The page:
Age of aspiration

20th February 2004 at 00:00
Black children in north London are raising their grades with extra studies, says Sue Learner

Black history has relatively recently gained the attention of education policy-makers and publishers, but Peter Okoye, who gives black history classes once a week at Mandela Supplementary School in Camden, north London, believes it could be the key to raising attainment levels that are particularly poor among black boys. In his lessons pupils explore African kingdoms such as the Benin Empire, inventors and pioneers, and the impact of colonisation.

Statistics showing poor school performance among black children stimulated black parents and teachers in Camden to set up Mandela Supplementary School in 1980. Its 60 or so pupils from across north London are aged between five and 16. Studies include black history, English, maths, ICT and confidence building. Now the school has a two-year waiting list and students willingly attend lessons on Tuesday evenings and Saturday mornings.

"It was a response to the disproportionate numbers of black children who were being excluded from school at that time," says Peter Okoye. "I want to give the children confidence. There are all these inventions by black people they don't know about. We want to make sure that we get across positive images of black people".

Anne-Marie Daley, director of Mandela School, agrees that learning about black history is vital for African-Caribbean children. She says: "Black history gives them role models and makes a difference to what they feel they can aspire to."

The trend of under-achievement among African-Caribbean children, particularly boys, begins early. When they start school at five, they perform as well as white and Asian children, but by 11 their achievement levels are beginning to drop off. By the time they reach 16, only 48 per cent of black boys gain five GCSEs A* to E.

Cara Thompson, 11, who regularly attends the black history class says: "My grades have really improved since I have been coming here. I think they should teach black history at school so other people can learn about it as well."

Another fan of black history is Dionne Bell, aged 11. She says: "We have learned all about the African kings and queens and Martin Luther King and Cleopatra. And we have done plays about black people who have invented things, like the person who invented the toilet and the ice-cream scoop."

Mandela School works hard to maintain strong links with mainstream schools.

Peter Okoye says: "We are in contact with four or five secondary schools and 12 primary schools in the surrounding area."

During Black History month, in October, the Mandela staff visit the schools and hold workshops. "Mainstream schools and supplementary schools should be walking hand in hand," says Peter Okoye. "Our liaison with the LEA is also fundamental and we work very closely with them."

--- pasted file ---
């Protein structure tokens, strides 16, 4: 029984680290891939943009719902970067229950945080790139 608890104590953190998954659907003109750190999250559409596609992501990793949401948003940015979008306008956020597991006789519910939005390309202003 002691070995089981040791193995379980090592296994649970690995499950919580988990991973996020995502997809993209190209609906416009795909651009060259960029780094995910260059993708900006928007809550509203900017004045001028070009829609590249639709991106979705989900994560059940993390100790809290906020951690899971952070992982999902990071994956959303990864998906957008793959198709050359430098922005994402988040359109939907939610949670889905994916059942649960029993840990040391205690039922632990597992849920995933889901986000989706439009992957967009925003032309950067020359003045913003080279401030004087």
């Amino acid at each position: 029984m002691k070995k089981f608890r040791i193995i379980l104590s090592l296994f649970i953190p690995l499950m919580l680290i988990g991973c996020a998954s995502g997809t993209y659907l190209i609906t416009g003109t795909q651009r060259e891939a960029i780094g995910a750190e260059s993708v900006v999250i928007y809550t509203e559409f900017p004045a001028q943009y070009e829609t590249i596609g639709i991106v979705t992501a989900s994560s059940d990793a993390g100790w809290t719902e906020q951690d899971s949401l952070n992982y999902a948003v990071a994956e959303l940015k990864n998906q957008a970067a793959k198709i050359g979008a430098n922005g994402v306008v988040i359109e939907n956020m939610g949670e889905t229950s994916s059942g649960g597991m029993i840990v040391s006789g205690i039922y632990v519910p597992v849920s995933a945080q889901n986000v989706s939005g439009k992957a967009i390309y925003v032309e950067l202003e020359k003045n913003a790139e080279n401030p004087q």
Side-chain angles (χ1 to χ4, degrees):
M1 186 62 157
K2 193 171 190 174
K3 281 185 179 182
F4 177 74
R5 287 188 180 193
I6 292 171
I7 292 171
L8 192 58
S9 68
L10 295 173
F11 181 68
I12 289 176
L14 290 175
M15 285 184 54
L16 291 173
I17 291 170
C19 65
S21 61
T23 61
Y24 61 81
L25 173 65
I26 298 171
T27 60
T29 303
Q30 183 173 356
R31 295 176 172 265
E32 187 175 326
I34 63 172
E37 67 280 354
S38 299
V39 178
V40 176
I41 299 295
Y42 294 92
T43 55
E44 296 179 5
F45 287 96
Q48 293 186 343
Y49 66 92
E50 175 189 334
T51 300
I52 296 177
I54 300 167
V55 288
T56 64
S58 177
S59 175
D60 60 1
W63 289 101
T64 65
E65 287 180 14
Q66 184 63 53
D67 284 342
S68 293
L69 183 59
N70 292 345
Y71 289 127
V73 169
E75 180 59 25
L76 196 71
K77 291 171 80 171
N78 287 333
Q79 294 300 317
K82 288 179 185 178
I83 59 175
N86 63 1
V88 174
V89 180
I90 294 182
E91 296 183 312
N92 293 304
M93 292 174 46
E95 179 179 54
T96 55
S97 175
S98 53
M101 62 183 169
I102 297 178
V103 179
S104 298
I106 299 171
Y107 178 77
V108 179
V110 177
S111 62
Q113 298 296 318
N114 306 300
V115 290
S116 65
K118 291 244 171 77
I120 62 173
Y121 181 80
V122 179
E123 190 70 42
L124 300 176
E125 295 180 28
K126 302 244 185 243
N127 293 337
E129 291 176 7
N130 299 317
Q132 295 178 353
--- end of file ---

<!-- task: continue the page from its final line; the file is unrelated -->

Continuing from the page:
Haverstock Secondary School, Camden, has particularly strong links with Mandela School. During Black History month, Mandela School visited Haverstock and held workshops looking at SSEmpire Windrush, the ship which brought some 500 African-Caribbeans to Britain in 1948.

Bet Schneiderman, head of history at Haverstock, says: "An actor acted out coming over on the ship to Britain and showed how his life had changed when he got here. The students really enjoyed it. The work of supplementary schools like the Mandela is very important."

Assistant head of Haverstock School, Nikki Haydon, says she has noticed a distinct improvement in the grades of the pupils who go to the supplementary school. "The students who attend Mandela School have become much more focused in terms of their basic skills and their homework. I think it is very important to study black history, it seems to give them higher aspirations. We certainly noticed there was a big impact on their GCSEs last year."

Just before Mandela pupils sit their GCSEs, Peter Okoye drives a minibus full of students to Cambridge University to visit the colleges where he hopes they may one day study. This school, which numbers the politically outspoken singer Ms Dynamite and a Cambridge graduate among its former pupils, is certainly doing its utmost to buck the trend.

The Mandela Supplementary School. Tel: 020 7284 0030.

Log-in as an existing print or digital subscriber

Forgotten your subscriber ID?


To access this content and the full TES archive, subscribe now.

View subscriber offers


Get TES online and delivered to your door – for less than the price of a coffee

Save 33% off the cover price with this great subscription offer. Every copy delivered to your door by first-class post, plus full access to TES online and the TES app for just £1.90 per week.
Subscribers also enjoy a range of fantastic offers and benefits worth over £270:

  • Discounts off TES Institute courses
  • Access over 200,000 articles in the TES online archive
  • Free Tastecard membership worth £79.99
  • Discounts with Zipcar,, Virgin Wines and other partners
Order your low-cost subscription today